Help Me Obtain my Masters from Harvard #IamHGSE

On July 31st, I received an email that as a first-generation college graduate and formerly undocumented student, I never dreamed of receiving. “Congratulations! You have been admitted to the Harvard Graduate School of Education for the 2020-2021 academic year.” I immediately started crying and hugged my mom #immigrantmothers reflecting on all the sacrifices she’s made. I start classes in September and graduate next May with my Ed.M. in Higher Education #IamHGSE

Sharing with my family in Mexico my acceptance to Harvard 

In June the HGSE announced that due to COVID it would reopen their application cycle for 20/21. Because of Harvard's last-minute admissions decision,  I missed all the deadlines to apply for scholarships. The cost of attendance for a year at Harvard is $85,000. I’m grateful to have been awarded a grant, but still need a significant amount to cover my tuition and have enrolled in a payment plan. The next payment is due on 9/1.

I will be taking 4 graduate courses every semester and will not be able to work full time. I am seeking part-time employment to continue helping my mother pay the mortgage of our townhome. I also hope to continue supporting my grandparents. As a teenager, I began wiring them money every month to cover their medical expenses.

50751324_1598507007228974_r.jpegMy biggest motivation in one picture. 

Education is Liberation
My journey to obtain a higher education began in the depths of the Sierra Madre in El Mezquital, Durango, one of the poorest municipalities in Mexico. I recall my mother and Abuelita Paula sewing tablecloths when her kitchen still had a dirt floor so we could purchase my kindergarten school materials. My Abuelita Amparo was never encouraged to pursue more than an elementary education; instead, she gave birth to eleven children. For women in my remote village in Mexico, motherhood and being a homemaker were the only options. Obtaining a college degree not only became my definition of the American Dream, it meant ending the generational cycle of poverty, alcoholism, and violence in my family.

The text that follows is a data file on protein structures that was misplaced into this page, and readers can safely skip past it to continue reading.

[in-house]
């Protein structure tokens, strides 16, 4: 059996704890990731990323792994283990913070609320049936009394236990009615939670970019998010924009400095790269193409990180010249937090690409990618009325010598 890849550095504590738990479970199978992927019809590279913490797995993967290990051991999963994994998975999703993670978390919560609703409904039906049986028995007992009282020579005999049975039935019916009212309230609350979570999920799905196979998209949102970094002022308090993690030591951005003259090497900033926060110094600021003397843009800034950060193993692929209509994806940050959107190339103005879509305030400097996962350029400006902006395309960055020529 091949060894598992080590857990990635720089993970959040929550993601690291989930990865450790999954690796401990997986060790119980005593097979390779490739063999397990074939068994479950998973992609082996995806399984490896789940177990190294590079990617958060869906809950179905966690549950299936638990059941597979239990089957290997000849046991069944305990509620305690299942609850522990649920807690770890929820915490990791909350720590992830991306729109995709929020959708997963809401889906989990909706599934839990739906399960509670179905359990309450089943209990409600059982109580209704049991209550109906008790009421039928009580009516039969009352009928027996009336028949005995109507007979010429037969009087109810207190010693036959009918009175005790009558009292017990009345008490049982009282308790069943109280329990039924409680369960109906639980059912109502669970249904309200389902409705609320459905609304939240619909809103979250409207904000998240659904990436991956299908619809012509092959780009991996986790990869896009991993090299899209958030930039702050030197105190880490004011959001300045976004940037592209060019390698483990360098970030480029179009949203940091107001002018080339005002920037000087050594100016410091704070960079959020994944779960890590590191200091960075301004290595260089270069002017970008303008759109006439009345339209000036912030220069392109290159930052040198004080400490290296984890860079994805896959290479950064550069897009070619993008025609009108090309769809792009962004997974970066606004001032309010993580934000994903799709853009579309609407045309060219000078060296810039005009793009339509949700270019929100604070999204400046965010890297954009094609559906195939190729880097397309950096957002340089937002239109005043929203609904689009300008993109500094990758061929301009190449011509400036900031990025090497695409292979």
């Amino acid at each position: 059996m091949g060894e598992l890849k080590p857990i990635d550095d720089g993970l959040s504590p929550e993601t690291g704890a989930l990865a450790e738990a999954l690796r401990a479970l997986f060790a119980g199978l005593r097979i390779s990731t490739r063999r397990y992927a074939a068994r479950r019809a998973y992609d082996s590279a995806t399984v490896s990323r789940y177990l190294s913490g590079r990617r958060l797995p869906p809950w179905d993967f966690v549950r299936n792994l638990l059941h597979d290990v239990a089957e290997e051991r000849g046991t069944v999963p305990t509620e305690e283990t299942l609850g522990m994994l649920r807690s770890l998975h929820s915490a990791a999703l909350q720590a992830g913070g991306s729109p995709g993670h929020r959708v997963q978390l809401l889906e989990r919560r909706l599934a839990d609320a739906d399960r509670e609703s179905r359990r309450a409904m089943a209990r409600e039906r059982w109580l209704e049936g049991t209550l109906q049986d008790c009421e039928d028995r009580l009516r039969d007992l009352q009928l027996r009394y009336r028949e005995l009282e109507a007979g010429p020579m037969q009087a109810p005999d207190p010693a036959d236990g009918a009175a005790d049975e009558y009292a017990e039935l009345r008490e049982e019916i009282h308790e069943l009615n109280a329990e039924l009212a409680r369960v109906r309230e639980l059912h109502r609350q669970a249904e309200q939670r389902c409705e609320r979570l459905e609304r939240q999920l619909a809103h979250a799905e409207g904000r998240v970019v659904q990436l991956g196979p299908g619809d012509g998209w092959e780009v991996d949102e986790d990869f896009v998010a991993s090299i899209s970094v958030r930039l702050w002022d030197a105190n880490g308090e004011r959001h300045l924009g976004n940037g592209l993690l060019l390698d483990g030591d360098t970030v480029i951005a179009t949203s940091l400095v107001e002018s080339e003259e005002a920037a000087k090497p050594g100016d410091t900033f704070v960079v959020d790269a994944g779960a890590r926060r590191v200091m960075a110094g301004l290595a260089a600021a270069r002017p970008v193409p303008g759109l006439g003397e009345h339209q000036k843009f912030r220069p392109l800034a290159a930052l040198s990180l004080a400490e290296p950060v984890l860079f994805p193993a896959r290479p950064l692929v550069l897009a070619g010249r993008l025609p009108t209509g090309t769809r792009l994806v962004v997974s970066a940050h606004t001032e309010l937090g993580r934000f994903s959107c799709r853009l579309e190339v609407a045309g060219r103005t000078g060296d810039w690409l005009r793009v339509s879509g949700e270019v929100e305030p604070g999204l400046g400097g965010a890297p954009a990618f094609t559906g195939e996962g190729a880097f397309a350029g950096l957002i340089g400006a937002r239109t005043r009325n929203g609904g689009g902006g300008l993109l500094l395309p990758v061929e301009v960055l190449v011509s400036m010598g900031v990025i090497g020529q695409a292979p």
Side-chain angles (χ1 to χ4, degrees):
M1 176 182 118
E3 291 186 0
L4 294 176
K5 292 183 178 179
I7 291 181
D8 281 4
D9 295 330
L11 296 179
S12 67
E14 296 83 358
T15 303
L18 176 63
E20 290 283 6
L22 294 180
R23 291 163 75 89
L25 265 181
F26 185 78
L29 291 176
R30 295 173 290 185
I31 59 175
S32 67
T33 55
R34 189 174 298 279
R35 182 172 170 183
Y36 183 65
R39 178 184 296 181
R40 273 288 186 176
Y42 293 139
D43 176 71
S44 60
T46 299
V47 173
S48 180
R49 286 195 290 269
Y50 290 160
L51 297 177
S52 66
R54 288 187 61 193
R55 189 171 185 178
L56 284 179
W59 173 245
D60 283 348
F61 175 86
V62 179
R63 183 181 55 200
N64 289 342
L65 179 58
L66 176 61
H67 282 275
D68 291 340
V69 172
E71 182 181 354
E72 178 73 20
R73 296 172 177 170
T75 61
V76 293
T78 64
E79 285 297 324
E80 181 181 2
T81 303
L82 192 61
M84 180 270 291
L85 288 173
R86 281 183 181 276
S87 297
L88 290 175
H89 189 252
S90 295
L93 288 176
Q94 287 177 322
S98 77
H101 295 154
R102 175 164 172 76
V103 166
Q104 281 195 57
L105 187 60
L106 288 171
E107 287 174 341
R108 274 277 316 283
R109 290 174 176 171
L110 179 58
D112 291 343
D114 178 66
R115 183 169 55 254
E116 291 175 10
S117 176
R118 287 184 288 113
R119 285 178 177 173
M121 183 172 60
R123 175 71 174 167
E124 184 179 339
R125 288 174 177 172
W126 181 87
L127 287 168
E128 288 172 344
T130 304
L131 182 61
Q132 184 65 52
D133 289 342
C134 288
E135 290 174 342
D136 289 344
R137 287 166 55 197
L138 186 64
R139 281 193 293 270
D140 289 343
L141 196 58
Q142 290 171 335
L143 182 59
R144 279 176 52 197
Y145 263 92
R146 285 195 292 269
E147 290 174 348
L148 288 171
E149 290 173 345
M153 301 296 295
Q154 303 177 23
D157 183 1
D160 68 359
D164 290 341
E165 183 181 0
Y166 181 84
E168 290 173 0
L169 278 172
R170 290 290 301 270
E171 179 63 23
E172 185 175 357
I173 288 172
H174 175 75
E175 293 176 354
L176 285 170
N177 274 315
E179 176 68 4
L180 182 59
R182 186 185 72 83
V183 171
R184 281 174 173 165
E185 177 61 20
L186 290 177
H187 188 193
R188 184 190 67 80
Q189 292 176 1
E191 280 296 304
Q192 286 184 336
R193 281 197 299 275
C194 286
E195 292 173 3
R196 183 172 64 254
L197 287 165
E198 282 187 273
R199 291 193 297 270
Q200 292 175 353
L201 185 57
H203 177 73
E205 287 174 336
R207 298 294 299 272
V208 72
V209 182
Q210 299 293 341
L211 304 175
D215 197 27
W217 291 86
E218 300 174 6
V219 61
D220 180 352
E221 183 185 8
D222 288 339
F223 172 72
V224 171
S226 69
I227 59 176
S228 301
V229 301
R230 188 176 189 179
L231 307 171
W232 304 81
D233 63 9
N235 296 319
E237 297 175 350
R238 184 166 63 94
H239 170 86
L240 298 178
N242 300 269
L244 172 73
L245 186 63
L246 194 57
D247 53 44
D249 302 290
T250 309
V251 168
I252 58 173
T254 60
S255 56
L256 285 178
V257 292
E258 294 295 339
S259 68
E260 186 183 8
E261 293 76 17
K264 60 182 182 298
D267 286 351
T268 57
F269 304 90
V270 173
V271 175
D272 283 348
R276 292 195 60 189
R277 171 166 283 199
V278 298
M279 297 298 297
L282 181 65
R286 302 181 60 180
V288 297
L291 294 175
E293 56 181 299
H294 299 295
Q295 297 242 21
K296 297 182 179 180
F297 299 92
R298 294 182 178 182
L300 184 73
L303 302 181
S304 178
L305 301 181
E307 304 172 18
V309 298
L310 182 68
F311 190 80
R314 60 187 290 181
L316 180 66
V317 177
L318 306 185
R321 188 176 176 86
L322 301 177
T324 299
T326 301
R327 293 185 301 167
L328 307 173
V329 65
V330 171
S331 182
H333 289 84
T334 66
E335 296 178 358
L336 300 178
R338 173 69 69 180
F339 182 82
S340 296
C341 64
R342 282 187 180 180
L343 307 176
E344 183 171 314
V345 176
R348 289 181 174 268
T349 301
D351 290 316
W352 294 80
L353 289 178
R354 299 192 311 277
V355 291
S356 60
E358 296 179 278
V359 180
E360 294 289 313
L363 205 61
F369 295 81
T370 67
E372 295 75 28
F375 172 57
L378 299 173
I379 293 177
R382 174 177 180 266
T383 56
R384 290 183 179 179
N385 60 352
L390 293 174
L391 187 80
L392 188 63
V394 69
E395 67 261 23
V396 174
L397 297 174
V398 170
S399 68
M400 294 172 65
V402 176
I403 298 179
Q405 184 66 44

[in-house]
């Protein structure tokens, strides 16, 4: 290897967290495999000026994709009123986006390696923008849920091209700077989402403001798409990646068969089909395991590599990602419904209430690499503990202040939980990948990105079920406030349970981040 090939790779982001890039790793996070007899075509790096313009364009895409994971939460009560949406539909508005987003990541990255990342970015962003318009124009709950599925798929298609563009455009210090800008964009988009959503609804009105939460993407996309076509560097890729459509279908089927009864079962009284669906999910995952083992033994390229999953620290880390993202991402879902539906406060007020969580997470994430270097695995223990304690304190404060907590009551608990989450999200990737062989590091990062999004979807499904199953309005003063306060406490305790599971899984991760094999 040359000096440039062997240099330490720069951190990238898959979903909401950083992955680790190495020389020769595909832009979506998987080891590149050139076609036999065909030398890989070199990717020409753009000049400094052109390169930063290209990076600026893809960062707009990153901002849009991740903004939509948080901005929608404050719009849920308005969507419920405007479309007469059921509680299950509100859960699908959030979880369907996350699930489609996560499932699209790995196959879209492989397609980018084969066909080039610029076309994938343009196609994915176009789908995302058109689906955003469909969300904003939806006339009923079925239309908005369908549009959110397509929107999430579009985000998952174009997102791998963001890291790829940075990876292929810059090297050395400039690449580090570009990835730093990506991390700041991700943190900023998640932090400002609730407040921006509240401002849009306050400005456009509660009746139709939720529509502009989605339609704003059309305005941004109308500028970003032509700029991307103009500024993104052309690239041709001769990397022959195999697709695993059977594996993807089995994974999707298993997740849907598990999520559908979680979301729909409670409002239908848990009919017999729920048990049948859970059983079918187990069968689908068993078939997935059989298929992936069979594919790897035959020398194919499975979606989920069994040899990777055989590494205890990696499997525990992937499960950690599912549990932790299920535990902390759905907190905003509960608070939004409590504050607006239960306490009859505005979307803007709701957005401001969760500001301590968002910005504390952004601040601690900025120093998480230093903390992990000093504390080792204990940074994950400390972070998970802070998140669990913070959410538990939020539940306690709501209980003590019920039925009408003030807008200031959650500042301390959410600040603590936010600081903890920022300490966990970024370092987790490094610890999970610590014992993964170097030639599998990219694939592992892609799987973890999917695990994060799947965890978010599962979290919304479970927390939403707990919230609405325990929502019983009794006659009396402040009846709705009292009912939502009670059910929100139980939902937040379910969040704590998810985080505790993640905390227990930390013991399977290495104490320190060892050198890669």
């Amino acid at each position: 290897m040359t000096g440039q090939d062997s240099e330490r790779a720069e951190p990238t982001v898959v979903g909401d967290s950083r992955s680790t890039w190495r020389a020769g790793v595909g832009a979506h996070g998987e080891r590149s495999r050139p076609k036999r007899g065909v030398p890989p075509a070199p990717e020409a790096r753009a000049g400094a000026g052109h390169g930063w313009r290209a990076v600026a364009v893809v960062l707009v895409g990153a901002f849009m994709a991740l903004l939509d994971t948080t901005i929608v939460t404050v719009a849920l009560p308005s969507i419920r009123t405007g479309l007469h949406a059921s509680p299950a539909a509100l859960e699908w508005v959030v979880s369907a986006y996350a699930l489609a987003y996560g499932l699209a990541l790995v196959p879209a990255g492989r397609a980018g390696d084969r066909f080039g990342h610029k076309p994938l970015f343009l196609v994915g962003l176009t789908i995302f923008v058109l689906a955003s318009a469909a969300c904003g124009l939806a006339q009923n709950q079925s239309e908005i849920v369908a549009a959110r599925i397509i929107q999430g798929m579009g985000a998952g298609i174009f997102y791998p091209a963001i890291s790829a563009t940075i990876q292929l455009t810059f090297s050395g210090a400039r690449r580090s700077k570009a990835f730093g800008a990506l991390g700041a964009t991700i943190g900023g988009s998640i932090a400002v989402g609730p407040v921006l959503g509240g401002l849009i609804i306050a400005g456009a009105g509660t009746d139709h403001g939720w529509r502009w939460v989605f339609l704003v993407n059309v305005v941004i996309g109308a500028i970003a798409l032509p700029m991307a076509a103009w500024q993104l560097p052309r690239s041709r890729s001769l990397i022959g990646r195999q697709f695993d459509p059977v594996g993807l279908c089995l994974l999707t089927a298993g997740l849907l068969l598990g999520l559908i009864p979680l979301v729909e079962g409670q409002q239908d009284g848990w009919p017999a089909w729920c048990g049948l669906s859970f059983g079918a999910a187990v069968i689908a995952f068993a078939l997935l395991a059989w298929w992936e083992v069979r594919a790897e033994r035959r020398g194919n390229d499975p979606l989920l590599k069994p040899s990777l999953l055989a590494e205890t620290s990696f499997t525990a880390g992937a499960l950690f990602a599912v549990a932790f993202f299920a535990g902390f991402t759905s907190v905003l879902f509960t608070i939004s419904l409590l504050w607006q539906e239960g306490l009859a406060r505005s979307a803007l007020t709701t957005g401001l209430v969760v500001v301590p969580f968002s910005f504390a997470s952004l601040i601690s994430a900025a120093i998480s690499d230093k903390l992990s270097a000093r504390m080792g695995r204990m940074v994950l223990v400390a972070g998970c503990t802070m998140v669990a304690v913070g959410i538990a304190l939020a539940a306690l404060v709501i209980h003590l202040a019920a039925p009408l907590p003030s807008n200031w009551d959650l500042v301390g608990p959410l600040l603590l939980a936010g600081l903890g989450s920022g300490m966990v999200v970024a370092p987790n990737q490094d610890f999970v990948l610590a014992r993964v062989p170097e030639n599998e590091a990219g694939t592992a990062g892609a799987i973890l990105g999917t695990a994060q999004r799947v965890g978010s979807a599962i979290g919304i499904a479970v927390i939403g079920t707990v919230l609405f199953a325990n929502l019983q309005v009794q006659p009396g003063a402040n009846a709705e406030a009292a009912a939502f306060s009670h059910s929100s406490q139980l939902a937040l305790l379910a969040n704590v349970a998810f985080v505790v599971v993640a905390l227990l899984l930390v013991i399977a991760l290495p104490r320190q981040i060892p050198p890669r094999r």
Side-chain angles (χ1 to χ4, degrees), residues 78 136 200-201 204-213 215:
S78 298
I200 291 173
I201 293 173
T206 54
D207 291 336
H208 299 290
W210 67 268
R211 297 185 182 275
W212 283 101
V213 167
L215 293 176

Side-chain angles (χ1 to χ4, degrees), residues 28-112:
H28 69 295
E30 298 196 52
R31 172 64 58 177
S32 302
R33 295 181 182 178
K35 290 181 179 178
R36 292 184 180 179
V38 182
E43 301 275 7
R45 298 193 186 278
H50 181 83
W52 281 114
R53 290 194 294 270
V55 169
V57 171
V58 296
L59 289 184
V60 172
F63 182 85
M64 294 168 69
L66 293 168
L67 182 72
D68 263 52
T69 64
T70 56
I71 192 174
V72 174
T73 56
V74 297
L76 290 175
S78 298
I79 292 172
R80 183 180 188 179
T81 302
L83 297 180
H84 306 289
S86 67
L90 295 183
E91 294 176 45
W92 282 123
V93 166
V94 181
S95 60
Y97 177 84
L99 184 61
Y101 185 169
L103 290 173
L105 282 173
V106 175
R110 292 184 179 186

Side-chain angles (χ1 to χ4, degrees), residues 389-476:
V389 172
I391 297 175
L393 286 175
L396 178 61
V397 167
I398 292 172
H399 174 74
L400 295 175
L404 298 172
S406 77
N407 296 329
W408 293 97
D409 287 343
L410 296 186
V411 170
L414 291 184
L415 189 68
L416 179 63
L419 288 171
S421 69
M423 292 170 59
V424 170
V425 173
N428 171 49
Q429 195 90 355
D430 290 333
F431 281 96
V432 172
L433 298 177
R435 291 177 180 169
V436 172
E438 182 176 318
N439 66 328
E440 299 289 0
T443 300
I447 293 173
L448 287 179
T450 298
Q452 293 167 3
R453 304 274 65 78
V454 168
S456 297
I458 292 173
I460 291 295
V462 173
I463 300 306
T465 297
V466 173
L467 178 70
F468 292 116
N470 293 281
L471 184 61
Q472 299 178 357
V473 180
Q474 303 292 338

Grinding the masa for the tortillas in my abuelita's kitchen. 
50751324_159850867442676_r.jpegI always smiled despite my teeth being stained with yellow decalcification spots caused by the chemicals in our drinking water. I've since had extensive dental work.

My parents immigrated to North Carolina in 2001 and left me at the care of my grandparents. I reunited with them months later and enrolled in school without knowing a word of English. My first year turned into a battle between my teacher and me. While my teacher called my name with English pronunciation, I screamed in Spanish that my name was pronounced, “Naataaaliiii”. Since then, I lived in three states and never encountered a Hispanic teacher or counselor.

50751324_159854306132150_r.jpegI eventually stopped smiling and accepted the pronunciation of my name. I assumed the responsibility of translating for my parents as we petitioned to adjust our immigration status.  We were scammed by a notary public. 

Growing up in a low-income household as an undocumented student, I saw college as a farfetched dream. Despite the systemic challenges I faced adjusting to the education system in the U.S., I graduated high school with a 4.0 GPA and multiple scholarships. However, I only applied to 2 colleges due to a lack of mentors. 

In 2019, the daughter of a migrant farmworker (my father) and poultry employee (my mother) became the first of 40 cousins to graduate college.

50751324_1598543457581058_r.jpegOrgullosamente #Mexicana #Latina #Inmigrante

Latina Leader
Although 42% of the population in my hometown identifies as Hispanic, it took me until my first year of college to meet a Latinx mentor in a white-collar job. The lack of Latinx representation throughout my educational journey led me to serve in the following roles: